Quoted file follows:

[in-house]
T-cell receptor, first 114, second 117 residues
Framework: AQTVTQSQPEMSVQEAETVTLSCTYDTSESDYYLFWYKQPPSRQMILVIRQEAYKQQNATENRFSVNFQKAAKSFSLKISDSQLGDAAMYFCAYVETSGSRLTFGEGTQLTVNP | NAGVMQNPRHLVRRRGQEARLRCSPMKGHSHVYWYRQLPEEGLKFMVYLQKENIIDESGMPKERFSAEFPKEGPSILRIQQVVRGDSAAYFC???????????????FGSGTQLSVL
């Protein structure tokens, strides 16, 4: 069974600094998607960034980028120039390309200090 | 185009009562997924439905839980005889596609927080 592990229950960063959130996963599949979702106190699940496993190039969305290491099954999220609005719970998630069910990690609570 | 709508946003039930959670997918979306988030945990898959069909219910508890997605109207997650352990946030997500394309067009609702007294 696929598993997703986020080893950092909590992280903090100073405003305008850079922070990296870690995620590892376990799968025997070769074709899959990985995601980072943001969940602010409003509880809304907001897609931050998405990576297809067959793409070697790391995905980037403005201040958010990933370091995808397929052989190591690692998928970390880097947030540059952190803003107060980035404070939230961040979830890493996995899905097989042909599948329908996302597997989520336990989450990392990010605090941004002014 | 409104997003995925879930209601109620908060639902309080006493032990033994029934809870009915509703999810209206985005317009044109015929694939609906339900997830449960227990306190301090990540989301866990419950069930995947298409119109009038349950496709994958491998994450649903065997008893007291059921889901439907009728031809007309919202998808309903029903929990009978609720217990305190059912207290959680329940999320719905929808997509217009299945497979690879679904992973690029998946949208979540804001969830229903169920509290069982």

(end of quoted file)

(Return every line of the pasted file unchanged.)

[in-house]
T-cell receptor, first 114, second 117 residues
Framework: AQTVTQSQPEMSVQEAETVTLSCTYDTSESDYYLFWYKQPPSRQMILVIRQEAYKQQNATENRFSVNFQKAAKSFSLKISDSQLGDAAMYFCAYVETSGSRLTFGEGTQLTVNP | NAGVMQNPRHLVRRRGQEARLRCSPMKGHSHVYWYRQLPEEGLKFMVYLQKENIIDESGMPKERFSAEFPKEGPSILRIQQVVRGDSAAYFC???????????????FGSGTQLSVL
């Protein structure tokens, strides 16, 4: 069974600094998607960034980028120039390309200090 | 185009009562997924439905839980005889596609927080 592990229950960063959130996963599949979702106190699940496993190039969305290491099954999220609005719970998630069910990690609570 | 709508946003039930959670997918979306988030945990898959069909219910508890997605109207997650352990946030997500394309067009609702007294 696929598993997703986020080893950092909590992280903090100073405003305008850079922070990296870690995620590892376990799968025997070769074709899959990985995601980072943001969940602010409003509880809304907001897609931050998405990576297809067959793409070697790391995905980037403005201040958010990933370091995808397929052989190591690692998928970390880097947030540059952190803003107060980035404070939230961040979830890493996995899905097989042909599948329908996302597997989520336990989450990392990010605090941004002014 | 409104997003995925879930209601109620908060639902309080006493032990033994029934809870009915509703999810209206985005317009044109015929694939609906339900997830449960227990306190301090990540989301866990419950069930995947298409119109009038349950496709994958491998994450649903065997008893007291059921889901439907009728031809007309919202998808309903029903929990009978609720217990305190059912207290959680329940999320719905929808997509217009299945497979690879679904992973690029998946949208979540804001969830229903169920509290069982």